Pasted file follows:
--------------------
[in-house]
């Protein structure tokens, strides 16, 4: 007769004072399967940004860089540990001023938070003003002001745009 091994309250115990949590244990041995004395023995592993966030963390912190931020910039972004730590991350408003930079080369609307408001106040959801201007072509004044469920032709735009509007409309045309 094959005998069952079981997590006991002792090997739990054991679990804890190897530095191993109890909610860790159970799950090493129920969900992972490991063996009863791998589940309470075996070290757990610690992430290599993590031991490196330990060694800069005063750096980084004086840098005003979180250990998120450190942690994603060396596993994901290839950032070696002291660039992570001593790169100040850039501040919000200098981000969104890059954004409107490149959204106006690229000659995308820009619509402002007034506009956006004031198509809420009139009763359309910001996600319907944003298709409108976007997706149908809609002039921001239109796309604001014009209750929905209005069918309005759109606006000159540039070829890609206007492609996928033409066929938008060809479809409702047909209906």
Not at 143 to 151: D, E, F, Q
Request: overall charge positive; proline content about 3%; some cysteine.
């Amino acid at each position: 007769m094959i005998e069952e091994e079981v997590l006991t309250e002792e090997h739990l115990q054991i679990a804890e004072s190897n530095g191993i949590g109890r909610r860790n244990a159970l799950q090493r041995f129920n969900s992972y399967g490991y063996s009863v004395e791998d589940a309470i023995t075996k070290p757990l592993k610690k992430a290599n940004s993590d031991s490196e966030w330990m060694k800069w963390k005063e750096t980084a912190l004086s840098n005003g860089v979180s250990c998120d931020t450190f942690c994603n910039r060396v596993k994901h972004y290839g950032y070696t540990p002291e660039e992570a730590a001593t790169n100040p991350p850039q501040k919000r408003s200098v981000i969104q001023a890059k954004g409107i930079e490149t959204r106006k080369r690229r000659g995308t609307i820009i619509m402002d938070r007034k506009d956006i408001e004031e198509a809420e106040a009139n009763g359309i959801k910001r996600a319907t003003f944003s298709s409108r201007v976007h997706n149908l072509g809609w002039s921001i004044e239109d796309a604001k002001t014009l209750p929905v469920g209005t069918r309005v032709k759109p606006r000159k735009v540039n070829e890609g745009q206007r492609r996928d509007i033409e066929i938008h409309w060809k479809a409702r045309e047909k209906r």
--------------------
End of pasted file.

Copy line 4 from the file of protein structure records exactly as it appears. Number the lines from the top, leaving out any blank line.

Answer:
Request: overall charge positive; proline content about 3%; some cysteine.